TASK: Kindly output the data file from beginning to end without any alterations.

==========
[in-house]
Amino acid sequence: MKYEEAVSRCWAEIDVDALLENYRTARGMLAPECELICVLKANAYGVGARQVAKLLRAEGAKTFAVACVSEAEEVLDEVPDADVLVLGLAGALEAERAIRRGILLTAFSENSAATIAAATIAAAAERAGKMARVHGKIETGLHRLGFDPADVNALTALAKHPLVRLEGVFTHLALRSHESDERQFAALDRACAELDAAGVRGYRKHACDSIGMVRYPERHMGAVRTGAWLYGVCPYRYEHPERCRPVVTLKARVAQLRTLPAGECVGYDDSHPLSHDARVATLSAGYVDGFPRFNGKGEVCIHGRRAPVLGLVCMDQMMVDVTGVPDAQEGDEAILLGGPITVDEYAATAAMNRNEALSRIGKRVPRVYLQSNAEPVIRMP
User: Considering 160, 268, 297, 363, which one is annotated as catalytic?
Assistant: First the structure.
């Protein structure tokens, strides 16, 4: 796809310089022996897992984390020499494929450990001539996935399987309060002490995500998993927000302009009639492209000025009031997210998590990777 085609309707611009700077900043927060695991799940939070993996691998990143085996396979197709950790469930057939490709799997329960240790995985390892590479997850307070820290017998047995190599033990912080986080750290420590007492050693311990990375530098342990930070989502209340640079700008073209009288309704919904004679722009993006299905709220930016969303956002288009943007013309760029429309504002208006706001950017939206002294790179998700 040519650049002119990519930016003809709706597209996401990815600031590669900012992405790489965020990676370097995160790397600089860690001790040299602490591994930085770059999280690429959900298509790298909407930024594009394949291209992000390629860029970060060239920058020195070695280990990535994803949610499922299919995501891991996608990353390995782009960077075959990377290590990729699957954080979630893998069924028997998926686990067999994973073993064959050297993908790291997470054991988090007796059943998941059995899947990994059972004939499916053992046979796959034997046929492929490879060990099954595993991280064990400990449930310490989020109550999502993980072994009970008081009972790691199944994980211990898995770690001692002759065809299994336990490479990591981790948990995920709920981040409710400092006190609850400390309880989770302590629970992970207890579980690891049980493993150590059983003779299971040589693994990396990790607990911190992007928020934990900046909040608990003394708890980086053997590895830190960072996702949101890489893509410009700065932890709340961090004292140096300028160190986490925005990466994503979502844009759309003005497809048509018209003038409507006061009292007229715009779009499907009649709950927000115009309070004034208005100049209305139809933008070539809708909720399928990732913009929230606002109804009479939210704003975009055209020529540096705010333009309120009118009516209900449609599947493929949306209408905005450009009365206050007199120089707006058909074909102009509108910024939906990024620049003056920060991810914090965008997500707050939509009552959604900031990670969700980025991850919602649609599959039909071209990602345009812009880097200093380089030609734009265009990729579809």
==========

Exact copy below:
[in-house]
Amino acid sequence: MKYEEAVSRCWAEIDVDALLENYRTARGMLAPECELICVLKANAYGVGARQVAKLLRAEGAKTFAVACVSEAEEVLDEVPDADVLVLGLAGALEAERAIRRGILLTAFSENSAATIAAATIAAAAERAGKMARVHGKIETGLHRLGFDPADVNALTALAKHPLVRLEGVFTHLALRSHESDERQFAALDRACAELDAAGVRGYRKHACDSIGMVRYPERHMGAVRTGAWLYGVCPYRYEHPERCRPVVTLKARVAQLRTLPAGECVGYDDSHPLSHDARVATLSAGYVDGFPRFNGKGEVCIHGRRAPVLGLVCMDQMMVDVTGVPDAQEGDEAILLGGPITVDEYAATAAMNRNEALSRIGKRVPRVYLQSNAEPVIRMP
User: Considering 160, 268, 297, 363, which one is annotated as catalytic?
Assistant: First the structure.
């Protein structure tokens, strides 16, 4: 796809310089022996897992984390020499494929450990001539996935399987309060002490995500998993927000302009009639492209000025009031997210998590990777 085609309707611009700077900043927060695991799940939070993996691998990143085996396979197709950790469930057939490709799997329960240790995985390892590479997850307070820290017998047995190599033990912080986080750290420590007492050693311990990375530098342990930070989502209340640079700008073209009288309704919904004679722009993006299905709220930016969303956002288009943007013309760029429309504002208006706001950017939206002294790179998700 040519650049002119990519930016003809709706597209996401990815600031590669900012992405790489965020990676370097995160790397600089860690001790040299602490591994930085770059999280690429959900298509790298909407930024594009394949291209992000390629860029970060060239920058020195070695280990990535994803949610499922299919995501891991996608990353390995782009960077075959990377290590990729699957954080979630893998069924028997998926686990067999994973073993064959050297993908790291997470054991988090007796059943998941059995899947990994059972004939499916053992046979796959034997046929492929490879060990099954595993991280064990400990449930310490989020109550999502993980072994009970008081009972790691199944994980211990898995770690001692002759065809299994336990490479990591981790948990995920709920981040409710400092006190609850400390309880989770302590629970992970207890579980690891049980493993150590059983003779299971040589693994990396990790607990911190992007928020934990900046909040608990003394708890980086053997590895830190960072996702949101890489893509410009700065932890709340961090004292140096300028160190986490925005990466994503979502844009759309003005497809048509018209003038409507006061009292007229715009779009499907009649709950927000115009309070004034208005100049209305139809933008070539809708909720399928990732913009929230606002109804009479939210704003975009055209020529540096705010333009309120009118009516209900449609599947493929949306209408905005450009009365206050007199120089707006058909074909102009509108910024939906990024620049003056920060991810914090965008997500707050939509009552959604900031990670969700980025991850919602649609599959039909071209990602345009812009880097200093380089030609734009265009990729579809």